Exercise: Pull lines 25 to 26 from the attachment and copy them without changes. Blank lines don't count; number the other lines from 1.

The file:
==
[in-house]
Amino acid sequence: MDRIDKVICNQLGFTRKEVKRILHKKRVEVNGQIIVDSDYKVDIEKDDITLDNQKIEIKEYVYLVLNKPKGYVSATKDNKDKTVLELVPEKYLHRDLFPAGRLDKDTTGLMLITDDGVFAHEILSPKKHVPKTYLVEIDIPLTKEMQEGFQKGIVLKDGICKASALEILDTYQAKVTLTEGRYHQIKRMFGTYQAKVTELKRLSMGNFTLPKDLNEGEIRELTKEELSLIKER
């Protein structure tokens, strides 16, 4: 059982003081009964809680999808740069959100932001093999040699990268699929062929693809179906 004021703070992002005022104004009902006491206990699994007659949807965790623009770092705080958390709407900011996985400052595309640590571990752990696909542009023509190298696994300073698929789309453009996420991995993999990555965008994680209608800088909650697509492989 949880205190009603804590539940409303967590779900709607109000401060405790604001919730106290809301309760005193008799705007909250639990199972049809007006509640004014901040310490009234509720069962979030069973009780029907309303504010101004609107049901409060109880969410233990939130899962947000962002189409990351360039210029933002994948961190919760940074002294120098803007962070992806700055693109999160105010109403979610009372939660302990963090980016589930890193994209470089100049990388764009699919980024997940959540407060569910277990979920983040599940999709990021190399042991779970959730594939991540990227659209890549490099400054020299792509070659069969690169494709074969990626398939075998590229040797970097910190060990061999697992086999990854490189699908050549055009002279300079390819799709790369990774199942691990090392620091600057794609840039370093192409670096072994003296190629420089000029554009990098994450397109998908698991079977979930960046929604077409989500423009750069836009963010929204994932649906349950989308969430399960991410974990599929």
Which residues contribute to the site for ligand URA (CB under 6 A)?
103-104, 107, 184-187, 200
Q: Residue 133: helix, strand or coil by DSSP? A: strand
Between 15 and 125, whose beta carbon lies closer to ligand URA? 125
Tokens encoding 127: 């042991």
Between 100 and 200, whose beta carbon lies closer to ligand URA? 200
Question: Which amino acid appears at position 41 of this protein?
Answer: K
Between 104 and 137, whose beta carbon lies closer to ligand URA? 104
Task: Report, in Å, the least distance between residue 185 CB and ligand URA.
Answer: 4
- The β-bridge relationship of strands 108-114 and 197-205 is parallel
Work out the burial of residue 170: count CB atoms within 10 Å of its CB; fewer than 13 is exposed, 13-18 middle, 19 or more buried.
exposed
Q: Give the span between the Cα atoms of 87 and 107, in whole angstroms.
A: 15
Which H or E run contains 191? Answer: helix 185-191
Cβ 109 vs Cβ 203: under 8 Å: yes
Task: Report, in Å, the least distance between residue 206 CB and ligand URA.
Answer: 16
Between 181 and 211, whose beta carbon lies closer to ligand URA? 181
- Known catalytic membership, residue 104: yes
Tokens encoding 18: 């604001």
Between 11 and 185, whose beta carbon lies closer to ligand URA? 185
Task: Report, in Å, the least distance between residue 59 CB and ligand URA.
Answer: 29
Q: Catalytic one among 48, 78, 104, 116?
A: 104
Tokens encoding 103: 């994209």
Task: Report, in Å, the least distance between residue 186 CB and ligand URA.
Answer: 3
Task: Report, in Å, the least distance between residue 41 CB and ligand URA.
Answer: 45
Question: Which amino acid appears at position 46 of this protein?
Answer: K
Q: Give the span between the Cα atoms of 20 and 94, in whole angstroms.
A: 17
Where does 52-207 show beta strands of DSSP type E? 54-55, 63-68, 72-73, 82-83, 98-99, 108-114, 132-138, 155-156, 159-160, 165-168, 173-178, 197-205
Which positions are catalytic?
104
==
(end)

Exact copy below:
- Known catalytic membership, residue 104: yes
Tokens encoding 18: 């604001």